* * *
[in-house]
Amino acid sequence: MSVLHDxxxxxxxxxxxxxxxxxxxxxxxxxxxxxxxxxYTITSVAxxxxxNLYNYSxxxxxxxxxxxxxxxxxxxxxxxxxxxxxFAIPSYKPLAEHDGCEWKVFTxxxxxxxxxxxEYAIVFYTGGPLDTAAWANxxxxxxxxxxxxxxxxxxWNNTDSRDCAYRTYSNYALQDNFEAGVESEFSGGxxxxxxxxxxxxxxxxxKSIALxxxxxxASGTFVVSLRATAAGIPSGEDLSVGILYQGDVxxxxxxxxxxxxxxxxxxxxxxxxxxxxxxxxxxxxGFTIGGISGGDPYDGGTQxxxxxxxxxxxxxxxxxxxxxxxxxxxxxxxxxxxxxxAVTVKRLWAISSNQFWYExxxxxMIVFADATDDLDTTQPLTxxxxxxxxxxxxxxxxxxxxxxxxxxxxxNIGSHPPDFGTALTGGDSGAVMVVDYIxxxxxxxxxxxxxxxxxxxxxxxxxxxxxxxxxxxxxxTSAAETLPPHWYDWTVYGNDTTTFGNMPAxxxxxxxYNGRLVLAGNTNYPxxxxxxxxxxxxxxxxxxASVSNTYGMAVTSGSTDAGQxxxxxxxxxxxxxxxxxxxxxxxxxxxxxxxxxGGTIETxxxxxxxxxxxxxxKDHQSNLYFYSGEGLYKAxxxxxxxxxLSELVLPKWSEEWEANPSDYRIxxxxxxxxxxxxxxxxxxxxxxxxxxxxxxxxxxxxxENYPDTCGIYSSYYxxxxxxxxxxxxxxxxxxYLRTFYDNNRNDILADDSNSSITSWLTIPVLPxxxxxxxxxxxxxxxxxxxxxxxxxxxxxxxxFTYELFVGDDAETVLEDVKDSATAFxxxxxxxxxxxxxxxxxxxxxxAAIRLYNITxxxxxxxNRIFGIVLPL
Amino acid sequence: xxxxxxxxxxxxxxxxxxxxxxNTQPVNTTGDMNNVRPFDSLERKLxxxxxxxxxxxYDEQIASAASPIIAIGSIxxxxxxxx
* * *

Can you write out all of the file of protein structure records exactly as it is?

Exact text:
[in-house]
Amino acid sequence: MSVLHDxxxxxxxxxxxxxxxxxxxxxxxxxxxxxxxxxYTITSVAxxxxxNLYNYSxxxxxxxxxxxxxxxxxxxxxxxxxxxxxFAIPSYKPLAEHDGCEWKVFTxxxxxxxxxxxEYAIVFYTGGPLDTAAWANxxxxxxxxxxxxxxxxxxWNNTDSRDCAYRTYSNYALQDNFEAGVESEFSGGxxxxxxxxxxxxxxxxxKSIALxxxxxxASGTFVVSLRATAAGIPSGEDLSVGILYQGDVxxxxxxxxxxxxxxxxxxxxxxxxxxxxxxxxxxxxGFTIGGISGGDPYDGGTQxxxxxxxxxxxxxxxxxxxxxxxxxxxxxxxxxxxxxxAVTVKRLWAISSNQFWYExxxxxMIVFADATDDLDTTQPLTxxxxxxxxxxxxxxxxxxxxxxxxxxxxxNIGSHPPDFGTALTGGDSGAVMVVDYIxxxxxxxxxxxxxxxxxxxxxxxxxxxxxxxxxxxxxxTSAAETLPPHWYDWTVYGNDTTTFGNMPAxxxxxxxYNGRLVLAGNTNYPxxxxxxxxxxxxxxxxxxASVSNTYGMAVTSGSTDAGQxxxxxxxxxxxxxxxxxxxxxxxxxxxxxxxxxGGTIETxxxxxxxxxxxxxxKDHQSNLYFYSGEGLYKAxxxxxxxxxLSELVLPKWSEEWEANPSDYRIxxxxxxxxxxxxxxxxxxxxxxxxxxxxxxxxxxxxxENYPDTCGIYSSYYxxxxxxxxxxxxxxxxxxYLRTFYDNNRNDILADDSNSSITSWLTIPVLPxxxxxxxxxxxxxxxxxxxxxxxxxxxxxxxxFTYELFVGDDAETVLEDVKDSATAFxxxxxxxxxxxxxxxxxxxxxxAAIRLYNITxxxxxxxNRIFGIVLPL
Amino acid sequence: xxxxxxxxxxxxxxxxxxxxxxNTQPVNTTGDMNNVRPFDSLERKLxxxxxxxxxxxYDEQIASAASPIIAIGSIxxxxxxxx